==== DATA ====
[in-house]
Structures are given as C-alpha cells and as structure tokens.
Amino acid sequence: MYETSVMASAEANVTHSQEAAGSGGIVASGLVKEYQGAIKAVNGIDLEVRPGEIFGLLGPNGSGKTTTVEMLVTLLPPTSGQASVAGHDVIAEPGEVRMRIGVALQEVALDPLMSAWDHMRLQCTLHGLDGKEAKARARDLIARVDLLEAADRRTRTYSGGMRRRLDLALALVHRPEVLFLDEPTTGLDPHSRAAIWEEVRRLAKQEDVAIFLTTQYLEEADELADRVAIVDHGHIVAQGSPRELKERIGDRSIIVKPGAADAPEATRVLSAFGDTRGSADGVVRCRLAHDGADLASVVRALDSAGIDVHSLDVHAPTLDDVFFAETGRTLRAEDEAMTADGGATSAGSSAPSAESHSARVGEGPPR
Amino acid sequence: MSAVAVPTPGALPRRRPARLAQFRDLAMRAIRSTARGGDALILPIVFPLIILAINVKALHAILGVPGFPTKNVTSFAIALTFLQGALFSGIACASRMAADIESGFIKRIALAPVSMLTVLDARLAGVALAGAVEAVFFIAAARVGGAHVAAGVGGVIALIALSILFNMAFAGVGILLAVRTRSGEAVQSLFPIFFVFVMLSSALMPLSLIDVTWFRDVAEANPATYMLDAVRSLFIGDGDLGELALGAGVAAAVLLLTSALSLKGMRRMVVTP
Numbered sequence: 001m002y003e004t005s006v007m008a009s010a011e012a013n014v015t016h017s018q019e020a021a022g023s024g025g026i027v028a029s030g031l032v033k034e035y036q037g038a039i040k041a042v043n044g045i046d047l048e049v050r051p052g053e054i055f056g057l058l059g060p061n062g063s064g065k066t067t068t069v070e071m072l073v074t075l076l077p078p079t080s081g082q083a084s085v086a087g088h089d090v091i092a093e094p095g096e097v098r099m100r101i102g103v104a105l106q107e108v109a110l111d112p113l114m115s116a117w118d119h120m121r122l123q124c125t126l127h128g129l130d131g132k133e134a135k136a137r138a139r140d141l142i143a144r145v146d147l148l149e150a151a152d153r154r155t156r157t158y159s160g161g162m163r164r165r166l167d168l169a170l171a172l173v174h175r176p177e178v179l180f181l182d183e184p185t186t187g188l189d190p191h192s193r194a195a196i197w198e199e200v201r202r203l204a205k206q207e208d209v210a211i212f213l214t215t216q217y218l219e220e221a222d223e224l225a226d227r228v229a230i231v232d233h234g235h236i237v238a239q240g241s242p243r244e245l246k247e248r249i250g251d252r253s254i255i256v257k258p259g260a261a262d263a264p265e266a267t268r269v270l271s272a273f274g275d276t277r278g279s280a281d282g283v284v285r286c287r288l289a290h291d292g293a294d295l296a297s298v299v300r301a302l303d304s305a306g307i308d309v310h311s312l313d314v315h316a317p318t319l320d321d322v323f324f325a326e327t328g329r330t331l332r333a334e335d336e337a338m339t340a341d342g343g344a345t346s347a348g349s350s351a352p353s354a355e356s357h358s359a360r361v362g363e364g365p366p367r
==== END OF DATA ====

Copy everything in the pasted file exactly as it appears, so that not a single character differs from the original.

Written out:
[in-house]
Structures are given as C-alpha cells and as structure tokens.
Amino acid sequence: MYETSVMASAEANVTHSQEAAGSGGIVASGLVKEYQGAIKAVNGIDLEVRPGEIFGLLGPNGSGKTTTVEMLVTLLPPTSGQASVAGHDVIAEPGEVRMRIGVALQEVALDPLMSAWDHMRLQCTLHGLDGKEAKARARDLIARVDLLEAADRRTRTYSGGMRRRLDLALALVHRPEVLFLDEPTTGLDPHSRAAIWEEVRRLAKQEDVAIFLTTQYLEEADELADRVAIVDHGHIVAQGSPRELKERIGDRSIIVKPGAADAPEATRVLSAFGDTRGSADGVVRCRLAHDGADLASVVRALDSAGIDVHSLDVHAPTLDDVFFAETGRTLRAEDEAMTADGGATSAGSSAPSAESHSARVGEGPPR
Amino acid sequence: MSAVAVPTPGALPRRRPARLAQFRDLAMRAIRSTARGGDALILPIVFPLIILAINVKALHAILGVPGFPTKNVTSFAIALTFLQGALFSGIACASRMAADIESGFIKRIALAPVSMLTVLDARLAGVALAGAVEAVFFIAAARVGGAHVAAGVGGVIALIALSILFNMAFAGVGILLAVRTRSGEAVQSLFPIFFVFVMLSSALMPLSLIDVTWFRDVAEANPATYMLDAVRSLFIGDGDLGELALGAGVAAAVLLLTSALSLKGMRRMVVTP
Numbered sequence: 001m002y003e004t005s006v007m008a009s010a011e012a013n014v015t016h017s018q019e020a021a022g023s024g025g026i027v028a029s030g031l032v033k034e035y036q037g038a039i040k041a042v043n044g045i046d047l048e049v050r051p052g053e054i055f056g057l058l059g060p061n062g063s064g065k066t067t068t069v070e071m072l073v074t075l076l077p078p079t080s081g082q083a084s085v086a087g088h089d090v091i092a093e094p095g096e097v098r099m100r101i102g103v104a105l106q107e108v109a110l111d112p113l114m115s116a117w118d119h120m121r122l123q124c125t126l127h128g129l130d131g132k133e134a135k136a137r138a139r140d141l142i143a144r145v146d147l148l149e150a151a152d153r154r155t156r157t158y159s160g161g162m163r164r165r166l167d168l169a170l171a172l173v174h175r176p177e178v179l180f181l182d183e184p185t186t187g188l189d190p191h192s193r194a195a196i197w198e199e200v201r202r203l204a205k206q207e208d209v210a211i212f213l214t215t216q217y218l219e220e221a222d223e224l225a226d227r228v229a230i231v232d233h234g235h236i237v238a239q240g241s242p243r244e245l246k247e248r249i250g251d252r253s254i255i256v257k258p259g260a261a262d263a264p265e266a267t268r269v270l271s272a273f274g275d276t277r278g279s280a281d282g283v284v285r286c287r288l289a290h291d292g293a294d295l296a297s298v299v300r301a302l303d304s305a306g307i308d309v310h311s312l313d314v315h316a317p318t319l320d321d322v323f324f325a326e327t328g329r330t331l332r333a334e335d336e337a338m339t340a341d342g343g344a345t346s347a348g349s350s351a352p353s354a355e356s357h358s359a360r361v362g363e364g365p366p367r